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ISSN: 2090-7214
Clinics in Mother and Child Health
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Atypical Hemolytic Uremic Syndrome in Tertiary Hospital, Pakistan

Shirin Badruddin* and Salma Rattani

School of Nursing and Midwifery, Aga Khan University, Pakistan

Corresponding Author:
Shirin Badruddin
School of Nursing and Midwifery
Aga Khan University, Pakistan
E-mail: [email protected]

Received Date: December 10, 2015; Accepted Date: January 28, 2016 Published Date: February 17, 2016

Citation: Badruddin S, Rattani S (2016) Atypical Hemolytic Uremic Syndrome in Tertiary Hospital, Pakistan. Clinics Mother Child Health 13:229. doi:10.4172/2090-7214.1000229

Copyright: © 2016 Badruddin S, et al. This is an open-access article distributed under the terms of the Creative Commons Attribution License, which permits unrestricted use, distribution, and reproduction in any medium, provided the original author and source are credited.

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Atypical hemolytic uremic syndrome (HUS) is a rare disorder in children, therefore it may lead to misdiagnosis, delay in treatment, or acute kidney injury. Patients with atypical HUS present signs and symptoms of hemolytic anemia, thrombocytopenia, and higher lactate dehydrogenase and uric acid levels. The main risk factor highlighted is consanguinity, gene mutations, and viral infections. Eculizmab, a humanized anti-C5 monoclonal antibody, has been shown to be an effective treatment modality for such patients. This article will discuss atypical hemolytic uremic syndrome, present case report of a patient suffering with atypical HUS with bad prognosis and poor recovery.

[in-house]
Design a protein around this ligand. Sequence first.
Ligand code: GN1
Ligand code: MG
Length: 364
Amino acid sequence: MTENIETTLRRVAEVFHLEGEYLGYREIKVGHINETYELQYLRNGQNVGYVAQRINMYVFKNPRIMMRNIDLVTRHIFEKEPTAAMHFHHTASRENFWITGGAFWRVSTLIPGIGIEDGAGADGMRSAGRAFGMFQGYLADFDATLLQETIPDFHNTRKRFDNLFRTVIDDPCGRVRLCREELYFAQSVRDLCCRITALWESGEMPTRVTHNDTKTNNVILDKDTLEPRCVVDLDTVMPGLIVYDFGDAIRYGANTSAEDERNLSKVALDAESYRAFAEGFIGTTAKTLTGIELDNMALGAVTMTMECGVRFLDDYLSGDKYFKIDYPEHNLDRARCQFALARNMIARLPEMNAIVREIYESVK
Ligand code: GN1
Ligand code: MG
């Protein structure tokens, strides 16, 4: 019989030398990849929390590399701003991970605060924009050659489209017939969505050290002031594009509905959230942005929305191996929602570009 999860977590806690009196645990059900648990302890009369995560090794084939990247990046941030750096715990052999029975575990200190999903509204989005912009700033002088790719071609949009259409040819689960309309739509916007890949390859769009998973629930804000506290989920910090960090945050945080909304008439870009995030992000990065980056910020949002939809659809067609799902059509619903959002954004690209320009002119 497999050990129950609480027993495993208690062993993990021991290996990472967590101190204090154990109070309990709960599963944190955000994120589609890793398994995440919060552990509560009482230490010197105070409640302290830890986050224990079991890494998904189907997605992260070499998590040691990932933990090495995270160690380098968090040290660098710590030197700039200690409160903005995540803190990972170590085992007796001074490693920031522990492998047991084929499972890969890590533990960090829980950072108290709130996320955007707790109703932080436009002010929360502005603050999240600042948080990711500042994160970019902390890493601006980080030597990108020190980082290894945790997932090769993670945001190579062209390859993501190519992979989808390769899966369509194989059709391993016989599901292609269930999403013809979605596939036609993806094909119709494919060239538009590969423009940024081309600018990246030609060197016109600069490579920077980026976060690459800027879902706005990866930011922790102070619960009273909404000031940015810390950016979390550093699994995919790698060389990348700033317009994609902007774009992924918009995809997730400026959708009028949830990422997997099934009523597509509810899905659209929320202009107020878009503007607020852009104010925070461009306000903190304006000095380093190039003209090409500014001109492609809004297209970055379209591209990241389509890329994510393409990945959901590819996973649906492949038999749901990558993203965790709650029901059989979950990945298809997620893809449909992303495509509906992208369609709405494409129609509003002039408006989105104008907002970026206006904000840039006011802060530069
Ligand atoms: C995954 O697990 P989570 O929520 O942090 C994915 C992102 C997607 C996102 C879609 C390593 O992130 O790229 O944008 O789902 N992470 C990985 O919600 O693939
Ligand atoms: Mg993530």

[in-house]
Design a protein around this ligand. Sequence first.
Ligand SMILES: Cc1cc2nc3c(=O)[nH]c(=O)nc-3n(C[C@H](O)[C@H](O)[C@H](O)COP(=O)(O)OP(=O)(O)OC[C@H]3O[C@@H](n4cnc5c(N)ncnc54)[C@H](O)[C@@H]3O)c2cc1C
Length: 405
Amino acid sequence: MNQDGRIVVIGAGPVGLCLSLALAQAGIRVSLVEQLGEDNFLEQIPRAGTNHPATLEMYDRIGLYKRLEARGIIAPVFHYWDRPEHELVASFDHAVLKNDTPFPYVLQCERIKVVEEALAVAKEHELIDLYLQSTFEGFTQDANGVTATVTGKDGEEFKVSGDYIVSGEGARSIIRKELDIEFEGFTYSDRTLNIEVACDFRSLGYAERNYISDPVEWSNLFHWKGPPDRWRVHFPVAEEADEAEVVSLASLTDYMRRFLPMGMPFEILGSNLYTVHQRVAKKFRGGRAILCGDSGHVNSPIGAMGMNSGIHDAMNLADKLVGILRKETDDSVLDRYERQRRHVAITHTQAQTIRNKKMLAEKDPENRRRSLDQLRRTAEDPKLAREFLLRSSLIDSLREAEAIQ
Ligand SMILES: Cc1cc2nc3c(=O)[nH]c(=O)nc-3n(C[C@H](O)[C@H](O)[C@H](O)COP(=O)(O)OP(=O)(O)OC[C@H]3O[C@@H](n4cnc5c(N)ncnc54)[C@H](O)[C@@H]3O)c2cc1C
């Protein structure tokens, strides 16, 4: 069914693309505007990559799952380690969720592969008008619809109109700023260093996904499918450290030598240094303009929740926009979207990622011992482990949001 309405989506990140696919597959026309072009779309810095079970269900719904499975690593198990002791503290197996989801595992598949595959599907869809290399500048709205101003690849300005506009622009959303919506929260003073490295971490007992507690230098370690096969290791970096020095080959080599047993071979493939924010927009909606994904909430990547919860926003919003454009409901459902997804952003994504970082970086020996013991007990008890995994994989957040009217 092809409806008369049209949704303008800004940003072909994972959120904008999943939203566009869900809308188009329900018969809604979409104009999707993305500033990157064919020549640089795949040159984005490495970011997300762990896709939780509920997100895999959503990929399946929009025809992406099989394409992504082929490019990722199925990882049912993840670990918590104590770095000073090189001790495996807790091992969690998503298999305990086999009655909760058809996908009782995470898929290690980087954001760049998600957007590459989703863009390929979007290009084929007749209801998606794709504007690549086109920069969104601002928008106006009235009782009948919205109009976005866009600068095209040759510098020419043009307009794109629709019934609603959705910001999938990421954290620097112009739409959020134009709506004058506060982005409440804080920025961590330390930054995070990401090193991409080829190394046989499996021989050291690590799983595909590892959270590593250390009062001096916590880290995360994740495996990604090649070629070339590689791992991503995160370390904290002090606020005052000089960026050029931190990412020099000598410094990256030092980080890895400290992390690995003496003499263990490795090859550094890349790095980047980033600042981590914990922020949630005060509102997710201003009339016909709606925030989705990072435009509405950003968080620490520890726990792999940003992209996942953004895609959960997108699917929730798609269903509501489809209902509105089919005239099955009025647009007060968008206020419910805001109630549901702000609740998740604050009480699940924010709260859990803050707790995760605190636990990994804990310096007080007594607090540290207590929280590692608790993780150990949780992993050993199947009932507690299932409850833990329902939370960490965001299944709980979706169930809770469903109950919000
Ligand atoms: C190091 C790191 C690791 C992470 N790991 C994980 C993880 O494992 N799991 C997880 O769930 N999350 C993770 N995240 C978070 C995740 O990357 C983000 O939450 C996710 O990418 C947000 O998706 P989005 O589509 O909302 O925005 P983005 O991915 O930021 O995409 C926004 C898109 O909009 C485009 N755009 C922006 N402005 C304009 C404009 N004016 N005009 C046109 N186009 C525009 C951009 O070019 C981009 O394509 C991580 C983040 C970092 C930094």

Atypical hemolytic uremic syndrome; Genes; Renal disorders


Atypical Hus is one of the leading causes of acute kidney injury in children [1]. Atypical HUS can occur at any age, primary affecting children age less than two years. Final outcome of atypical HUS can be poor, around 25% of the patients die during the acute phase and 50% patients requiring long term dialysis [2]. Most cases of atypical HUS are idiopathic, but some are inherited, such as autosomal recessive or autosomal dominant traits. Such hereditary conditions consist of autosomal recessive atypical HUS with C3 deficiency, which is caused by mutations in factor H gene and congenital vitamin B12 deficiency [3]. These mutations have been accounted for 50 to 60% of the cases. The parents, who were first cousins, had half normal complement factor H protein (CFH) levels, indicating an inherited defect. In some cases, complete or partial CFH deficiencies have been reported in patients with atypical HUS [4]. Atypical HUS comprises the triad of microangiopathic hemolytic anemia, thrombocytopenia and acute kidney injury [5]. In this case report, author presented a child with atypical HUS that had very unusual presentation and unexpectedly poor outcome.

Materials and Methods

Case report